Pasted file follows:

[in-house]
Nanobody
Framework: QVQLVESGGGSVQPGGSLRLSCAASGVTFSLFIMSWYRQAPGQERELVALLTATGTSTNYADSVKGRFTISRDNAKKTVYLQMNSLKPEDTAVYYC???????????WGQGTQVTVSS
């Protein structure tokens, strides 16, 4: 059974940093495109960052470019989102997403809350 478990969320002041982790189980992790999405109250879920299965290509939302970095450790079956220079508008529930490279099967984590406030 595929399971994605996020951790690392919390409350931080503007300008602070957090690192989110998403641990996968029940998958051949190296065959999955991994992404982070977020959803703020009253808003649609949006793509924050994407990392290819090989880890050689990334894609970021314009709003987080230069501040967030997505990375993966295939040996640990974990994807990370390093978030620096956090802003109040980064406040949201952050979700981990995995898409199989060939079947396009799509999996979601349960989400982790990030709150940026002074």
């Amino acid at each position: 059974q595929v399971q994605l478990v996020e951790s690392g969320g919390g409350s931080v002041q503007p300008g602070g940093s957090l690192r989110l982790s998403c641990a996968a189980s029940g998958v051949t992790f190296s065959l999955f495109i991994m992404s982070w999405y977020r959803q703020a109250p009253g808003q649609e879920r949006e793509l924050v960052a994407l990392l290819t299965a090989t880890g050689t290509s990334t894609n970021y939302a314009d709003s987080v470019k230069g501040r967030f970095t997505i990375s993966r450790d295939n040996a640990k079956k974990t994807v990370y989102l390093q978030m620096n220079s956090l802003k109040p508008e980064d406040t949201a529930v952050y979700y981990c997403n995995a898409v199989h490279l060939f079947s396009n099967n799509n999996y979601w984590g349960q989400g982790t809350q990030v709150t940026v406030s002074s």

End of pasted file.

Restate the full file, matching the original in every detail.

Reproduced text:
[in-house]
Nanobody
Framework: QVQLVESGGGSVQPGGSLRLSCAASGVTFSLFIMSWYRQAPGQERELVALLTATGTSTNYADSVKGRFTISRDNAKKTVYLQMNSLKPEDTAVYYC???????????WGQGTQVTVSS
């Protein structure tokens, strides 16, 4: 059974940093495109960052470019989102997403809350 478990969320002041982790189980992790999405109250879920299965290509939302970095450790079956220079508008529930490279099967984590406030 595929399971994605996020951790690392919390409350931080503007300008602070957090690192989110998403641990996968029940998958051949190296065959999955991994992404982070977020959803703020009253808003649609949006793509924050994407990392290819090989880890050689990334894609970021314009709003987080230069501040967030997505990375993966295939040996640990974990994807990370390093978030620096956090802003109040980064406040949201952050979700981990995995898409199989060939079947396009799509999996979601349960989400982790990030709150940026002074």
């Amino acid at each position: 059974q595929v399971q994605l478990v996020e951790s690392g969320g919390g409350s931080v002041q503007p300008g602070g940093s957090l690192r989110l982790s998403c641990a996968a189980s029940g998958v051949t992790f190296s065959l999955f495109i991994m992404s982070w999405y977020r959803q703020a109250p009253g808003q649609e879920r949006e793509l924050v960052a994407l990392l290819t299965a090989t880890g050689t290509s990334t894609n970021y939302a314009d709003s987080v470019k230069g501040r967030f970095t997505i990375s993966r450790d295939n040996a640990k079956k974990t994807v990370y989102l390093q978030m620096n220079s956090l802003k109040p508008e980064d406040t949201a529930v952050y979700y981990c997403n995995a898409v199989h490279l060939f079947s396009n099967n799509n999996y979601w984590g349960q989400g982790t809350q990030v709150t940026v406030s002074s």